Posted on: 08 August 2018 by Mark Thomas
Ryanair is facing more strike action, flight cancellations and compensation claims as German pilots confirmed they would join 24-hours of industrial action on Friday, adding to other strikes planned in Ireland, Sweden and Belgium.
The planned industrial action, at the height of the holiday season, has already seen Europe’s biggest low-fare airline by passenger numbers cancel 146 flights originally scheduled for Friday.
The German action will see a further 250 flight cancellations, taking the grand total so far to just under 400 – around 17% of the approximate 2,400 flights it has scheduled across Europe that day. Up to 25,000 passengers could be affected by the cancellations. Dutch pilot union VNV is also considering calling for strikes on Friday but has not yet decided.
The walkout by pilots based in Germany will start at 0301 GMT on Friday, according to the Vereinigung Cockpit (VC) union, in a dispute over pay and working conditions.
Last year the Irish carrier agreed to recognise unions for the first time in its 30-year history, but it faces growing protests from unions which claim frustration at what they see as slow progress in negotiations over collective labour agreements.
Ryanair stated via Twitter: “Vereinigung Cockpit pilot union in Germany have today called an unnecessary strike next Friday (10 Aug) and we have regrettably been forced to cancel 250 flights to/from Germany. We apologise to our customers for the disruption.” The ongoing row with Irish pilots has already seen the airline propose that a third-party mediator join the talks.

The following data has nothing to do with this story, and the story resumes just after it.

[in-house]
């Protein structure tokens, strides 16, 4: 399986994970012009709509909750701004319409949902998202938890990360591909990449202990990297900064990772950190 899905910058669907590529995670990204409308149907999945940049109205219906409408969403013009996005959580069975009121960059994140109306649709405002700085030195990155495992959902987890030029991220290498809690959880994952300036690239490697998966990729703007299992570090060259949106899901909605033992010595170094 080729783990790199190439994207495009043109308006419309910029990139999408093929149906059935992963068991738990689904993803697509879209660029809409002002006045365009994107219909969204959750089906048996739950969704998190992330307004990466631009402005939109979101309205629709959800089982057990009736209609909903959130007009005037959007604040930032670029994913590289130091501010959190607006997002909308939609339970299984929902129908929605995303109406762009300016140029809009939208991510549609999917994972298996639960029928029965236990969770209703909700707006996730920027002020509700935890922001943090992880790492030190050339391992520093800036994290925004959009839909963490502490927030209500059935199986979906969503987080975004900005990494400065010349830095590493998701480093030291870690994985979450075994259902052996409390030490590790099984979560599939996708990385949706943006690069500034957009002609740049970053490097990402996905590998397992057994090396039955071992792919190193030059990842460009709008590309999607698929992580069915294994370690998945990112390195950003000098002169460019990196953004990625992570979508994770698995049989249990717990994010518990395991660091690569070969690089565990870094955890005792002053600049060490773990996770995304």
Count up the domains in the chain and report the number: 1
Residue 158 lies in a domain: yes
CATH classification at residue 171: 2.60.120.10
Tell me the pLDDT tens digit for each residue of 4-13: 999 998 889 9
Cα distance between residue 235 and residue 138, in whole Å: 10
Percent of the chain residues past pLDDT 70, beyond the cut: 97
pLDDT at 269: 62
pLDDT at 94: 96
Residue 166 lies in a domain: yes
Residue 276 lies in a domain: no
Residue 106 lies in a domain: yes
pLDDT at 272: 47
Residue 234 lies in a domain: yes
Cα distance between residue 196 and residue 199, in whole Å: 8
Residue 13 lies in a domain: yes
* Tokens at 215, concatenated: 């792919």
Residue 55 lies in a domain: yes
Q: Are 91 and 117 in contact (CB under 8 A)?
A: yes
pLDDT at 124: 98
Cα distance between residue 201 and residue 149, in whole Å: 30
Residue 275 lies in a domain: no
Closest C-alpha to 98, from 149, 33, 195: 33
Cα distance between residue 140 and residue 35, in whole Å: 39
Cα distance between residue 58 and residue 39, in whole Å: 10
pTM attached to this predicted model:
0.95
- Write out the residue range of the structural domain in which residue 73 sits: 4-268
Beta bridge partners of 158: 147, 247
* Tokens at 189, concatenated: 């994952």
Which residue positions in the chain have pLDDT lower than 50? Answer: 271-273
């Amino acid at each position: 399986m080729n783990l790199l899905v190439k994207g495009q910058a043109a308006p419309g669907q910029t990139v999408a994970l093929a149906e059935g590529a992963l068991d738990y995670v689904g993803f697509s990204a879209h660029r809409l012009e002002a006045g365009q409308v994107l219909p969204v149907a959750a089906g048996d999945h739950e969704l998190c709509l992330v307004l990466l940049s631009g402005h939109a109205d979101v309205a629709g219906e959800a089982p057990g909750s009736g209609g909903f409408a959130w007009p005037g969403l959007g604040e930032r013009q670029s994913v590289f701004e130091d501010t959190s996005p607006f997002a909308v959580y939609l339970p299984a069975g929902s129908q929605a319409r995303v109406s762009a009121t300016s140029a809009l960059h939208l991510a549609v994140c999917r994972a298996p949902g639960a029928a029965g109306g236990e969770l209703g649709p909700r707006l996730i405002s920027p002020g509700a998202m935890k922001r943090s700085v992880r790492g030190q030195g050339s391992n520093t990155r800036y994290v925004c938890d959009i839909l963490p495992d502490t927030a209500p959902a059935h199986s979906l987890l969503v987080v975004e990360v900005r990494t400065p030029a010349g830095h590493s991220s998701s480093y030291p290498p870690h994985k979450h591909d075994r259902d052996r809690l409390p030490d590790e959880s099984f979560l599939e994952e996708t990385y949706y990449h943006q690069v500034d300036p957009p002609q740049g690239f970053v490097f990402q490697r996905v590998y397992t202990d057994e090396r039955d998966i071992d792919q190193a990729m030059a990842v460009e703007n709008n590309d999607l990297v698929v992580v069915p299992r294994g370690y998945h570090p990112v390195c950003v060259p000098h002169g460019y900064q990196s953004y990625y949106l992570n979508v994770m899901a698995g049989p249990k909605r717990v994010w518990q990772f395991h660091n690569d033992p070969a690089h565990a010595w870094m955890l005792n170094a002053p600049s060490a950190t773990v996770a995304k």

Its flight operations are scheduled to resume normal services on Saturday 11 August.
Ryanair’s chief marketing officer, Kenny Jacobs, said: “We regret the decision of the VC to go ahead with this unnecessary strike action given that we sent through a revised proposal on a Collective Labour Agreement (on Fri 3 Aug) and stated our intention to work towards achieving a CLA together. We also invited VC to meet us on Tuesday (7 Aug) but they did not respond to this invitation.
“Our pilots in Germany enjoy excellent working conditions. They are paid up to €190,000 per year and, as well as additional benefits, they received a 20% pay increase at the start of this year. Ryanair pilots earn at least 30% more than Eurowings and 20% more than Norwegian pilots. We asked VC to provide us with at least seven days’ notice of any planned strike action so that we could notify our customers of cancelled flights in advance and offer them alternative flights or refunds, but they have refused to do this and instead call an unnecessary strike in Germany in just two days’ time.”
He added that the airline “again call on the VC to remove the threat of an unjustified and unnecessary strike, to commit to providing reasonable (seven days) notice of strike action and to accept our invitations to meet for meaningful negotiations on a CLA for our German pilots and minimise disruption to German customers.”
Written by: Mark Thomas
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